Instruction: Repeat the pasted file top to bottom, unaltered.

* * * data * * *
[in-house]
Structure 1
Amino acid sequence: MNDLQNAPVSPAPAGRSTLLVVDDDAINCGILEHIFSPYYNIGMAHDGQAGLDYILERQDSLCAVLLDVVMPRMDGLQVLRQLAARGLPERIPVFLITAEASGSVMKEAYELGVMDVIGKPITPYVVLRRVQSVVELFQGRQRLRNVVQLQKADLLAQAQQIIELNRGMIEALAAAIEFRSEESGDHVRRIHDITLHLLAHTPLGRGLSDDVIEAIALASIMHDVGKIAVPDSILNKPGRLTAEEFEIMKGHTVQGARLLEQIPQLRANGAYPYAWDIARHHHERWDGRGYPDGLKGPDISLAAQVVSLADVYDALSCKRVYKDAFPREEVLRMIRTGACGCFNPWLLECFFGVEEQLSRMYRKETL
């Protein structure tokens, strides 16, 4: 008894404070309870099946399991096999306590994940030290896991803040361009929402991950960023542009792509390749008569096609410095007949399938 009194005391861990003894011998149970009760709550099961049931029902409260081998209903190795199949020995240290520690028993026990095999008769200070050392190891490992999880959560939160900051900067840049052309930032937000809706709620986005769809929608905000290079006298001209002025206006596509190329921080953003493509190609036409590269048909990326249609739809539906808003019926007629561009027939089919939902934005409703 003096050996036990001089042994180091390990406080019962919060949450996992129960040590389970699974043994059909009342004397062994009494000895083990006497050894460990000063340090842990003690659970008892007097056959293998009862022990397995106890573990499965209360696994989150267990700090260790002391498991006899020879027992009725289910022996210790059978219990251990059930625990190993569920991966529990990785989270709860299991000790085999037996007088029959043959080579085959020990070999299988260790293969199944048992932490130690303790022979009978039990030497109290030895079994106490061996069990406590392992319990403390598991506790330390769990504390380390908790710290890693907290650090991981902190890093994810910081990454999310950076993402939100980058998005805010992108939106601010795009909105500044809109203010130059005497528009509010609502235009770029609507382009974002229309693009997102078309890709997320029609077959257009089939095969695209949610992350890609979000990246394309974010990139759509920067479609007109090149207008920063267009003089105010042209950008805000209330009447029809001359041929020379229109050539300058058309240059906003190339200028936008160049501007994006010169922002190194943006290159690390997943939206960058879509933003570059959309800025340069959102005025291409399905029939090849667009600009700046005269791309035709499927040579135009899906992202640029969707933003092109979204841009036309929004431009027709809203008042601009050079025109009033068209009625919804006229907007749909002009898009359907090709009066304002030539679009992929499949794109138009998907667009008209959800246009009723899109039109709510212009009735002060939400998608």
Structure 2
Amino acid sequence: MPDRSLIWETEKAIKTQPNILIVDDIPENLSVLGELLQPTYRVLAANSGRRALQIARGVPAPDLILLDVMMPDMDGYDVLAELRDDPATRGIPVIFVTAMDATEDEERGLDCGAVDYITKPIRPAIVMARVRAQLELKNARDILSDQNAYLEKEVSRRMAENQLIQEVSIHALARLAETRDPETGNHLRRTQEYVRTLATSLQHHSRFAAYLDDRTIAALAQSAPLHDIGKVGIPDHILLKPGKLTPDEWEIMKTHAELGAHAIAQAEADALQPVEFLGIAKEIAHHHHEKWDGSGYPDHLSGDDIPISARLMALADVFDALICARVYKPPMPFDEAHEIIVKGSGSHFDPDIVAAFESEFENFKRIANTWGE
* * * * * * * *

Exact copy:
[in-house]
Structure 1
Amino acid sequence: MNDLQNAPVSPAPAGRSTLLVVDDDAINCGILEHIFSPYYNIGMAHDGQAGLDYILERQDSLCAVLLDVVMPRMDGLQVLRQLAARGLPERIPVFLITAEASGSVMKEAYELGVMDVIGKPITPYVVLRRVQSVVELFQGRQRLRNVVQLQKADLLAQAQQIIELNRGMIEALAAAIEFRSEESGDHVRRIHDITLHLLAHTPLGRGLSDDVIEAIALASIMHDVGKIAVPDSILNKPGRLTAEEFEIMKGHTVQGARLLEQIPQLRANGAYPYAWDIARHHHERWDGRGYPDGLKGPDISLAAQVVSLADVYDALSCKRVYKDAFPREEVLRMIRTGACGCFNPWLLECFFGVEEQLSRMYRKETL
């Protein structure tokens, strides 16, 4: 008894404070309870099946399991096999306590994940030290896991803040361009929402991950960023542009792509390749008569096609410095007949399938 009194005391861990003894011998149970009760709550099961049931029902409260081998209903190795199949020995240290520690028993026990095999008769200070050392190891490992999880959560939160900051900067840049052309930032937000809706709620986005769809929608905000290079006298001209002025206006596509190329921080953003493509190609036409590269048909990326249609739809539906808003019926007629561009027939089919939902934005409703 003096050996036990001089042994180091390990406080019962919060949450996992129960040590389970699974043994059909009342004397062994009494000895083990006497050894460990000063340090842990003690659970008892007097056959293998009862022990397995106890573990499965209360696994989150267990700090260790002391498991006899020879027992009725289910022996210790059978219990251990059930625990190993569920991966529990990785989270709860299991000790085999037996007088029959043959080579085959020990070999299988260790293969199944048992932490130690303790022979009978039990030497109290030895079994106490061996069990406590392992319990403390598991506790330390769990504390380390908790710290890693907290650090991981902190890093994810910081990454999310950076993402939100980058998005805010992108939106601010795009909105500044809109203010130059005497528009509010609502235009770029609507382009974002229309693009997102078309890709997320029609077959257009089939095969695209949610992350890609979000990246394309974010990139759509920067479609007109090149207008920063267009003089105010042209950008805000209330009447029809001359041929020379229109050539300058058309240059906003190339200028936008160049501007994006010169922002190194943006290159690390997943939206960058879509933003570059959309800025340069959102005025291409399905029939090849667009600009700046005269791309035709499927040579135009899906992202640029969707933003092109979204841009036309929004431009027709809203008042601009050079025109009033068209009625919804006229907007749909002009898009359907090709009066304002030539679009992929499949794109138009998907667009008209959800246009009723899109039109709510212009009735002060939400998608």
Structure 2
Amino acid sequence: MPDRSLIWETEKAIKTQPNILIVDDIPENLSVLGELLQPTYRVLAANSGRRALQIARGVPAPDLILLDVMMPDMDGYDVLAELRDDPATRGIPVIFVTAMDATEDEERGLDCGAVDYITKPIRPAIVMARVRAQLELKNARDILSDQNAYLEKEVSRRMAENQLIQEVSIHALARLAETRDPETGNHLRRTQEYVRTLATSLQHHSRFAAYLDDRTIAALAQSAPLHDIGKVGIPDHILLKPGKLTPDEWEIMKTHAELGAHAIAQAEADALQPVEFLGIAKEIAHHHHEKWDGSGYPDHLSGDDIPISARLMALADVFDALICARVYKPPMPFDEAHEIIVKGSGSHFDPDIVAAFESEFENFKRIANTWGE